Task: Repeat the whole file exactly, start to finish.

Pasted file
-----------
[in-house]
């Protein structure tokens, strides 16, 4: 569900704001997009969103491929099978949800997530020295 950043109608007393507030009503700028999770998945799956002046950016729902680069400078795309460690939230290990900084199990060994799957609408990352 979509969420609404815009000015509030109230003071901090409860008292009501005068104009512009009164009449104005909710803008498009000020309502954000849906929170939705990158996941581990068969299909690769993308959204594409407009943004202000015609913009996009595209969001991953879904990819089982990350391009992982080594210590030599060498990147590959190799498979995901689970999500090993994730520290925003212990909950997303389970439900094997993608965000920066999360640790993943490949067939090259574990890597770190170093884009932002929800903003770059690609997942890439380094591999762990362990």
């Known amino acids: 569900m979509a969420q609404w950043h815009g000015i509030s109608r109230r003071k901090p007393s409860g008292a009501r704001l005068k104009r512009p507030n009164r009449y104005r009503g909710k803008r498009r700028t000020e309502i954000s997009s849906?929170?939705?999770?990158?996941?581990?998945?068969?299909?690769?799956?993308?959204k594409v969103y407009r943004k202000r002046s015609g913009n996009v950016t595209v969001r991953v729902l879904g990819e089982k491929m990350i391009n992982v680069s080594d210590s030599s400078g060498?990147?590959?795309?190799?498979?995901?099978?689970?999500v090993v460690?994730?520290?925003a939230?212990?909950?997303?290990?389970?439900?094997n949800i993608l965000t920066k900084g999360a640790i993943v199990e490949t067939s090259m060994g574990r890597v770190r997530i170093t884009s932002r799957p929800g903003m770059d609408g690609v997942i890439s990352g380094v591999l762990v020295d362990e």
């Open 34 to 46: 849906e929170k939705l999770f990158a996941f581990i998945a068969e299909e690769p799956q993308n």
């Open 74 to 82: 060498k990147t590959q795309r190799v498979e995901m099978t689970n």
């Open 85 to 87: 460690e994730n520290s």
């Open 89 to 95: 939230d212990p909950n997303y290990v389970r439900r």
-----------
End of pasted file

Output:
[in-house]
């Protein structure tokens, strides 16, 4: 569900704001997009969103491929099978949800997530020295 950043109608007393507030009503700028999770998945799956002046950016729902680069400078795309460690939230290990900084199990060994799957609408990352 979509969420609404815009000015509030109230003071901090409860008292009501005068104009512009009164009449104005909710803008498009000020309502954000849906929170939705990158996941581990068969299909690769993308959204594409407009943004202000015609913009996009595209969001991953879904990819089982990350391009992982080594210590030599060498990147590959190799498979995901689970999500090993994730520290925003212990909950997303389970439900094997993608965000920066999360640790993943490949067939090259574990890597770190170093884009932002929800903003770059690609997942890439380094591999762990362990």
């Known amino acids: 569900m979509a969420q609404w950043h815009g000015i509030s109608r109230r003071k901090p007393s409860g008292a009501r704001l005068k104009r512009p507030n009164r009449y104005r009503g909710k803008r498009r700028t000020e309502i954000s997009s849906?929170?939705?999770?990158?996941?581990?998945?068969?299909?690769?799956?993308?959204k594409v969103y407009r943004k202000r002046s015609g913009n996009v950016t595209v969001r991953v729902l879904g990819e089982k491929m990350i391009n992982v680069s080594d210590s030599s400078g060498?990147?590959?795309?190799?498979?995901?099978?689970?999500v090993v460690?994730?520290?925003a939230?212990?909950?997303?290990?389970?439900?094997n949800i993608l965000t920066k900084g999360a640790i993943v199990e490949t067939s090259m060994g574990r890597v770190r997530i170093t884009s932002r799957p929800g903003m770059d609408g690609v997942i890439s990352g380094v591999l762990v020295d362990e």
């Open 34 to 46: 849906e929170k939705l999770f990158a996941f581990i998945a068969e299909e690769p799956q993308n």
């Open 74 to 82: 060498k990147t590959q795309r190799v498979e995901m099978t689970n």
């Open 85 to 87: 460690e994730n520290s």
């Open 89 to 95: 939230d212990p909950n997303y290990v389970r439900r």